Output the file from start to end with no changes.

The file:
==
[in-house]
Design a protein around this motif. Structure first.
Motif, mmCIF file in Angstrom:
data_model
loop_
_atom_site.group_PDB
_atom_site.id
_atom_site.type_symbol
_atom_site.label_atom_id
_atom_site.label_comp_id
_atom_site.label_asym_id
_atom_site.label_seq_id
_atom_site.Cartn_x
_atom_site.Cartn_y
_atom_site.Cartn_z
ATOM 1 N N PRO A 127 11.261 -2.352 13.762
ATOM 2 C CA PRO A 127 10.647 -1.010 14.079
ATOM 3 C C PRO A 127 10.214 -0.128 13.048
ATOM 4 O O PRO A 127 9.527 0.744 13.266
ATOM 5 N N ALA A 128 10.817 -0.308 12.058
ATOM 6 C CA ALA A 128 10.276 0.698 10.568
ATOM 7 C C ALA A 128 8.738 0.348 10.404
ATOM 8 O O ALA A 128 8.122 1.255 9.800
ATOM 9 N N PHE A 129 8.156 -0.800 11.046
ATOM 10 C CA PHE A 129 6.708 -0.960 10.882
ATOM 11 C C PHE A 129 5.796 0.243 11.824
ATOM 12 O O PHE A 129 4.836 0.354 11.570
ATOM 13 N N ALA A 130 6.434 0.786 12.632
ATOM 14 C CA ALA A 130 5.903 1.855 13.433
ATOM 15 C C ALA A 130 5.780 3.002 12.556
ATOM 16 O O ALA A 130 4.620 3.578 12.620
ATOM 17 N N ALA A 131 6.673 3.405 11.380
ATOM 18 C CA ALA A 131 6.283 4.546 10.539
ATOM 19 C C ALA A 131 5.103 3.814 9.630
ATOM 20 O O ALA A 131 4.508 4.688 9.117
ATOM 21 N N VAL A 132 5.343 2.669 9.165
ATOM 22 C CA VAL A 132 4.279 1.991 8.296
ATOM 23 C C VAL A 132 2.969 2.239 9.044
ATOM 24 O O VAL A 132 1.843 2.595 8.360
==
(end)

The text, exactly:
[in-house]
Design a protein around this motif. Structure first.
Motif, mmCIF file in Angstrom:
data_model
loop_
_atom_site.group_PDB
_atom_site.id
_atom_site.type_symbol
_atom_site.label_atom_id
_atom_site.label_comp_id
_atom_site.label_asym_id
_atom_site.label_seq_id
_atom_site.Cartn_x
_atom_site.Cartn_y
_atom_site.Cartn_z
ATOM 1 N N PRO A 127 11.261 -2.352 13.762
ATOM 2 C CA PRO A 127 10.647 -1.010 14.079
ATOM 3 C C PRO A 127 10.214 -0.128 13.048
ATOM 4 O O PRO A 127 9.527 0.744 13.266
ATOM 5 N N ALA A 128 10.817 -0.308 12.058
ATOM 6 C CA ALA A 128 10.276 0.698 10.568
ATOM 7 C C ALA A 128 8.738 0.348 10.404
ATOM 8 O O ALA A 128 8.122 1.255 9.800
ATOM 9 N N PHE A 129 8.156 -0.800 11.046
ATOM 10 C CA PHE A 129 6.708 -0.960 10.882
ATOM 11 C C PHE A 129 5.796 0.243 11.824
ATOM 12 O O PHE A 129 4.836 0.354 11.570
ATOM 13 N N ALA A 130 6.434 0.786 12.632
ATOM 14 C CA ALA A 130 5.903 1.855 13.433
ATOM 15 C C ALA A 130 5.780 3.002 12.556
ATOM 16 O O ALA A 130 4.620 3.578 12.620
ATOM 17 N N ALA A 131 6.673 3.405 11.380
ATOM 18 C CA ALA A 131 6.283 4.546 10.539
ATOM 19 C C ALA A 131 5.103 3.814 9.630
ATOM 20 O O ALA A 131 4.508 4.688 9.117
ATOM 21 N N VAL A 132 5.343 2.669 9.165
ATOM 22 C CA VAL A 132 4.279 1.991 8.296
ATOM 23 C C VAL A 132 2.969 2.239 9.044
ATOM 24 O O VAL A 132 1.843 2.595 8.360